Other upcoming trends to keep an eye on include:
How can companies get their products certified?
Who needs to apply for certification?
What is the first step?
Are there other means to get globally certified?
Parties applying for certification typically partner with companies like TÜV SÜD that can facilitate the GMA testing and certification process. Doing it in-house is also possible and may come out cheaper, but it also has significant downsides.
|Missing any of the voluminous requirements may cost you dearly down the road. Manufacturers often encounter delays when regulators ask for documentation that they did not know they needed.||✅ Partnering with GMA experts can help you prepare everything in advance and speed up the process.|
|Many regulators also have a poor online presence, making it difficult to get in touch with them, determine the requirements, and submit your application.||✅ Companies like TÜV SÜD have existing contacts with regulators and other key people, and can do the legwork of getting in touch.|
|Some countries require additional tests to be performed in the country, a local presence to submit the application, or a local company to hold the certificate on behalf of the manufacturer.||✅ Setting this up on your own can be tedious, but companies like TÜV SÜD usually have existing agreements with local companies that can act as your representative.|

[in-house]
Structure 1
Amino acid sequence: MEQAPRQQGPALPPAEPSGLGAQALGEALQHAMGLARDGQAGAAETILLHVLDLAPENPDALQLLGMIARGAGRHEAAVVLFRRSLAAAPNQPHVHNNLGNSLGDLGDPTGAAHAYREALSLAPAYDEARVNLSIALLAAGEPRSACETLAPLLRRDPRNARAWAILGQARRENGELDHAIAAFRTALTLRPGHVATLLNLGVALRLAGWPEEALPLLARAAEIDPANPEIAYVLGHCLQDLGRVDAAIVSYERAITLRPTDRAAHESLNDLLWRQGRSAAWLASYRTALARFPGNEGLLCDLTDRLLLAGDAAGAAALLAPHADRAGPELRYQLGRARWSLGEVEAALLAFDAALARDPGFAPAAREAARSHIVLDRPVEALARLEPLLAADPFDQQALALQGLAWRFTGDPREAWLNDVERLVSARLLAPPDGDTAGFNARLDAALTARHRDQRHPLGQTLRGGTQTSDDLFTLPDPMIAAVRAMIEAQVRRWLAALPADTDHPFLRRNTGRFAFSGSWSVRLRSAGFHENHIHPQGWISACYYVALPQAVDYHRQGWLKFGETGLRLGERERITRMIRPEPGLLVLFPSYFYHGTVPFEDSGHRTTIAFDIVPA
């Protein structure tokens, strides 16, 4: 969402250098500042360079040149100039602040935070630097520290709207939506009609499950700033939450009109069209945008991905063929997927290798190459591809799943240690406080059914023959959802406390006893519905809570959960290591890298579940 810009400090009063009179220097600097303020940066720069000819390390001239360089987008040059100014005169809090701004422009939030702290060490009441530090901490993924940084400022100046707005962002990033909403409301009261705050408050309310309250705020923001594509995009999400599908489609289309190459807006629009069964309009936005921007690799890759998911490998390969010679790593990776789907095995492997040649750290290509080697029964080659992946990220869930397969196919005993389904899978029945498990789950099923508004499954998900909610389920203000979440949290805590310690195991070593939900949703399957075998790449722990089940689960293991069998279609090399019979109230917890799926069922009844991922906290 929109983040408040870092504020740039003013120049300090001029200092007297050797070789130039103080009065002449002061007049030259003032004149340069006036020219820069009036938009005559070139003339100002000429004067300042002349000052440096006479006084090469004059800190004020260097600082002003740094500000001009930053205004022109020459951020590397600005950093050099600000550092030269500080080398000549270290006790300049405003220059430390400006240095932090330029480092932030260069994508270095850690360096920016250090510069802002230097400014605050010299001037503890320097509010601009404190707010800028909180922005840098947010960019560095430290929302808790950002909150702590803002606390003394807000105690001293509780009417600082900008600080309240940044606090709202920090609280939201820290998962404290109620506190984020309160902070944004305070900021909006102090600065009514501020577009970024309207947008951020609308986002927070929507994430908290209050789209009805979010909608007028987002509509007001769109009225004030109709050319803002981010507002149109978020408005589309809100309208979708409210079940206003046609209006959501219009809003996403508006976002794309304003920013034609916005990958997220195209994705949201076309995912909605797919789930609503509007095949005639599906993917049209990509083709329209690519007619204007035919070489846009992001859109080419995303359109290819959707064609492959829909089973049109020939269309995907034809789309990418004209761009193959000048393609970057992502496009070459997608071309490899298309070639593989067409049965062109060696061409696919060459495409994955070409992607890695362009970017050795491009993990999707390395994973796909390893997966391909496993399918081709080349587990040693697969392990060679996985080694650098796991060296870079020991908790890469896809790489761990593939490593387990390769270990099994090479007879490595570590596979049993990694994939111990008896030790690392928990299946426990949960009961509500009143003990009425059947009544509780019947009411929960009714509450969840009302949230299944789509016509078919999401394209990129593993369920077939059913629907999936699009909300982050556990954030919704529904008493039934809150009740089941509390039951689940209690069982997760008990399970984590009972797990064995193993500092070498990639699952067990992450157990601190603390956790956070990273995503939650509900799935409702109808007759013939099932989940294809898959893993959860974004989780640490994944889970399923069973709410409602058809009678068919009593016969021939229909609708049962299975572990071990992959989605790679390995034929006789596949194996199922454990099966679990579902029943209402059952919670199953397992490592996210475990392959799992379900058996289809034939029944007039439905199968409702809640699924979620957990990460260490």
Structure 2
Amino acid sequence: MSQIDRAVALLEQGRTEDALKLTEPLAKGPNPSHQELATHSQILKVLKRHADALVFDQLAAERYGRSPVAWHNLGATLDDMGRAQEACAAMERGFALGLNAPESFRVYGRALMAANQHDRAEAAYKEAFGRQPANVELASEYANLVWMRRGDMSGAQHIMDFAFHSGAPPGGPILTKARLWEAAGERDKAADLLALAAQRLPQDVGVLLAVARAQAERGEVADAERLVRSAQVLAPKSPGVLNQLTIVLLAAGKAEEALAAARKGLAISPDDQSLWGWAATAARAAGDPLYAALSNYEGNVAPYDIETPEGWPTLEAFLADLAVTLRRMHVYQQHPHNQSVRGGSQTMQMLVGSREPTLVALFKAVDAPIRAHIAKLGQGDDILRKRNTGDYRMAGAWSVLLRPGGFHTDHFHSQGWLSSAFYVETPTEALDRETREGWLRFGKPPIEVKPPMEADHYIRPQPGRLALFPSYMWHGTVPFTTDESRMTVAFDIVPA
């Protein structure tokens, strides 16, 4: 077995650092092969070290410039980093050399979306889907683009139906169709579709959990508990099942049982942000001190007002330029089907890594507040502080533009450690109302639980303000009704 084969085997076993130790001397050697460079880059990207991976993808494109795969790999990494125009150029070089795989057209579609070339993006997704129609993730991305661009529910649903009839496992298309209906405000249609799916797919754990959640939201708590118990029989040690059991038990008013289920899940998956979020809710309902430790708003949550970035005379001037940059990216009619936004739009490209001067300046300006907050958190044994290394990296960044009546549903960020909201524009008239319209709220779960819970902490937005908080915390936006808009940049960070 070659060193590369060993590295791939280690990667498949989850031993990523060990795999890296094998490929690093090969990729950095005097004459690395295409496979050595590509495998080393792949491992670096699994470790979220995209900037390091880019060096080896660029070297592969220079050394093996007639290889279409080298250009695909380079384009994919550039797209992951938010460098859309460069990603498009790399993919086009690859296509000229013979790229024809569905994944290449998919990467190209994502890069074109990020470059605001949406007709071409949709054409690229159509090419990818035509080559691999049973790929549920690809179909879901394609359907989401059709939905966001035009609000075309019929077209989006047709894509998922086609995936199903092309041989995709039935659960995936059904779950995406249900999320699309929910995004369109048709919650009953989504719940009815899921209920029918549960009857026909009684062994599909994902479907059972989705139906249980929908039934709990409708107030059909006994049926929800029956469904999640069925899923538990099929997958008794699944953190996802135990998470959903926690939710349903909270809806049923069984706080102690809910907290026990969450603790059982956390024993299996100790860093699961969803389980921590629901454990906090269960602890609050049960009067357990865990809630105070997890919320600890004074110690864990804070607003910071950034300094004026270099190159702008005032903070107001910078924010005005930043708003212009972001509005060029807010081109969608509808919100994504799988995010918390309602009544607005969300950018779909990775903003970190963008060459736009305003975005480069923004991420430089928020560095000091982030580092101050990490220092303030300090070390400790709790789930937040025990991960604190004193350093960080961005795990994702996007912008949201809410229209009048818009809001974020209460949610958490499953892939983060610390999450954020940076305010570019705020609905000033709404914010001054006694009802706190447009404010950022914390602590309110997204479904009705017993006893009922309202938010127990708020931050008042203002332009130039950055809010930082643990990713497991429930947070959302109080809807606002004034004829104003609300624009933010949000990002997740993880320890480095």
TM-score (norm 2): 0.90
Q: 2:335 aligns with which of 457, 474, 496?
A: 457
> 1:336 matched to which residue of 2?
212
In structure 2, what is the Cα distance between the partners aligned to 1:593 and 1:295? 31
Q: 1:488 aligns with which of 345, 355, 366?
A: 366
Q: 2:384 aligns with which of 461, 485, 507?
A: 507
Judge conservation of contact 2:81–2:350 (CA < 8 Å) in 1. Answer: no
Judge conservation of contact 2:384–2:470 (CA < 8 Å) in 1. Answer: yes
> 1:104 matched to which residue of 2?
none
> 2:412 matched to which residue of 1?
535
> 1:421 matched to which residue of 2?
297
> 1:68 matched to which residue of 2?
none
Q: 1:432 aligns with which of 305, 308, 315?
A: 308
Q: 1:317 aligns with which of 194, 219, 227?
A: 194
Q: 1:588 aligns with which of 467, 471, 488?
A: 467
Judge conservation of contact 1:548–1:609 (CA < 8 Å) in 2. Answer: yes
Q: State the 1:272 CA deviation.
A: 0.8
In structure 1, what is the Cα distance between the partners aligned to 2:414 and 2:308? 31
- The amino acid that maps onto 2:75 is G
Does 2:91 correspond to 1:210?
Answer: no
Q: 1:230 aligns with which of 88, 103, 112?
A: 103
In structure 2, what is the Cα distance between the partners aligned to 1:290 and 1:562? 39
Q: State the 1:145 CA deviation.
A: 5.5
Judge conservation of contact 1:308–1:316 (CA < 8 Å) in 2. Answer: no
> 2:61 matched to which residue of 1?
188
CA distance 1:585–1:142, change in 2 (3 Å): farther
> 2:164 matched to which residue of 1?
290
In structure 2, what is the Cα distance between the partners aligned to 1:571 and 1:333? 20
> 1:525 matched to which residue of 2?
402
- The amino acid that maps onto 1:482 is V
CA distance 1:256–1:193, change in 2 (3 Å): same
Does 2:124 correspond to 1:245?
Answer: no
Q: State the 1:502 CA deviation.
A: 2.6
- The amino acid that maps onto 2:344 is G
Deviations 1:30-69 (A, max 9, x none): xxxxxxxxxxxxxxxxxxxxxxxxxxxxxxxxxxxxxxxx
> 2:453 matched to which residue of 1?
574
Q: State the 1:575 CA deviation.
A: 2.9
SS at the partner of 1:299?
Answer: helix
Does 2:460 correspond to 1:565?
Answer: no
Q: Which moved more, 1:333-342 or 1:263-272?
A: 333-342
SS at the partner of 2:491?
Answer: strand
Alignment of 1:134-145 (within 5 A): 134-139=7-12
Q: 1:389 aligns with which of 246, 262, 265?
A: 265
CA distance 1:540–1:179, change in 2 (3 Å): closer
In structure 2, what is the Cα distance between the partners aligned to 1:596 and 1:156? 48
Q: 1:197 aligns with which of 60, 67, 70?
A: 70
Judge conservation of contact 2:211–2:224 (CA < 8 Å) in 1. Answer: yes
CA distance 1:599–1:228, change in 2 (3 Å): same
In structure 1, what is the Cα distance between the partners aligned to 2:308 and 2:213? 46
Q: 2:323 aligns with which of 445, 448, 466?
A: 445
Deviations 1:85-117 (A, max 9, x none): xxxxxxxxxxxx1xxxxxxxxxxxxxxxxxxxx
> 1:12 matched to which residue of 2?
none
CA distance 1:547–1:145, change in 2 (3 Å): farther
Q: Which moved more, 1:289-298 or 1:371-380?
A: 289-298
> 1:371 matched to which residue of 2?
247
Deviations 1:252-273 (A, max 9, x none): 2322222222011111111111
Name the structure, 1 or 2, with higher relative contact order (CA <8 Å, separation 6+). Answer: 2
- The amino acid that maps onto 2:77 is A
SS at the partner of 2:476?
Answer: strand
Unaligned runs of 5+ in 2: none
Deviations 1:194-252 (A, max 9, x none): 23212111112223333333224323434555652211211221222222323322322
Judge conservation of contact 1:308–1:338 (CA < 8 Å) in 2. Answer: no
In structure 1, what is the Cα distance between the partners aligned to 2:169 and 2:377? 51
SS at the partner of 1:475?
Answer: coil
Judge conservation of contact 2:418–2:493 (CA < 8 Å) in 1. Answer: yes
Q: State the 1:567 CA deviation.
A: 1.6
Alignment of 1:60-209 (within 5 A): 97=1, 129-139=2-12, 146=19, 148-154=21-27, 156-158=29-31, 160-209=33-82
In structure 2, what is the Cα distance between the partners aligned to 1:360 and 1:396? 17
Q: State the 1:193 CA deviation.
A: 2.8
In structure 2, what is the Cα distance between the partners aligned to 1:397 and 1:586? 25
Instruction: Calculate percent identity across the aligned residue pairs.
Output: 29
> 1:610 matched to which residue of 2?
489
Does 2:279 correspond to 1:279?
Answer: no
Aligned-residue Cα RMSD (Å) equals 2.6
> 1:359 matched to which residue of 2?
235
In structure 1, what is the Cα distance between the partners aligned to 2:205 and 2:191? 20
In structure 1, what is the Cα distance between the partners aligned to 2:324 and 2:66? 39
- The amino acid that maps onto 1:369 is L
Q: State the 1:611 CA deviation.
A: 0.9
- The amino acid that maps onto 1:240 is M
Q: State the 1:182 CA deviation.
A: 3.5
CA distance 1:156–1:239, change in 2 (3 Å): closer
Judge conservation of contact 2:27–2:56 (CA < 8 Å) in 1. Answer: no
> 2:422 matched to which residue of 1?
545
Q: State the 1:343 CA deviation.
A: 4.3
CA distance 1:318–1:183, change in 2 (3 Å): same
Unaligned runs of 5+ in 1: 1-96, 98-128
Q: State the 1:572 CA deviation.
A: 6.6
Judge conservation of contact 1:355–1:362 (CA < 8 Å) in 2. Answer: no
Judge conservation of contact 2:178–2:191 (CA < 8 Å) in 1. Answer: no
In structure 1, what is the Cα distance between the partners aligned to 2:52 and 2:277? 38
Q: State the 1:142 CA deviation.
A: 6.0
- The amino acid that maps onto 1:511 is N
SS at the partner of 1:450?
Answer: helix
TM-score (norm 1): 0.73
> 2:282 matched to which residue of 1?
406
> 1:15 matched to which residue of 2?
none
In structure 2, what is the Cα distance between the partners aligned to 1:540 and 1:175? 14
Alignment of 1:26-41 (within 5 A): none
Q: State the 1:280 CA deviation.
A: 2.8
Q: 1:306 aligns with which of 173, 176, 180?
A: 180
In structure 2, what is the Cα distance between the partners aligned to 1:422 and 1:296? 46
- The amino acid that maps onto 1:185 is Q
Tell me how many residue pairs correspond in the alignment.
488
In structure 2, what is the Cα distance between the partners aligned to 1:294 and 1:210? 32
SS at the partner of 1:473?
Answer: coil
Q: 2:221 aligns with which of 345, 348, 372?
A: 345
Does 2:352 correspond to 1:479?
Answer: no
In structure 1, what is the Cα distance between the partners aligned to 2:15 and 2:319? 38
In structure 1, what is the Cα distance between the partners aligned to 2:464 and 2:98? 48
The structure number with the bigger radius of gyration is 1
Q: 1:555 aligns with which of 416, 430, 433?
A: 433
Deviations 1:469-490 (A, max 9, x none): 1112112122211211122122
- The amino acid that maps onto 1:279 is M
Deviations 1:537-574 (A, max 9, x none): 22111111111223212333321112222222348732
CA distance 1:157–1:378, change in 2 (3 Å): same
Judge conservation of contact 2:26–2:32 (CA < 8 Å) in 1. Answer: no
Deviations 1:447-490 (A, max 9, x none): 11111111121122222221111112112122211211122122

|Also, you may encounter cultural and language barriers in these foreign countries. Some regulators take longer to reply to emails written in English; using the local language will make the correspondence more efficient.||✅ TÜV SÜD’s extensive network of local contacts can help you communicate with regulators better.|
4 ways to make certification efficient and economical
🌏 Learn more about the nuances of global market access in this webinar (no sign-up required to view).
Work with trusted global market access experts
To make sure your wireless products get to market fast and in good form, consider partnering with companies that know the ins and outs of global market access.
TÜV SÜD is a one-stop shop for testing and certification. We are compliance experts with a global reach, ready to assist you every step of the way.
We provide pre-compliance support, by carrying out in-depth research on your target countries’ requirements and helping you adjust your product and test plans accordingly. We will send your product samples for testing, liaise with local laboratories, submit your application, maintain contact with regulators to answer any follow-up questions and, after the certificates are issued, inform you about relevant regulatory changes and expiring certificates to make sure your sales continue without the risk of unintentionally marketing uncertified products.
Contact us today to learn more.
Capitalise on international opportunities by accessing global markets
Our experts manage your complete compliance process, to get your wireless equipment to market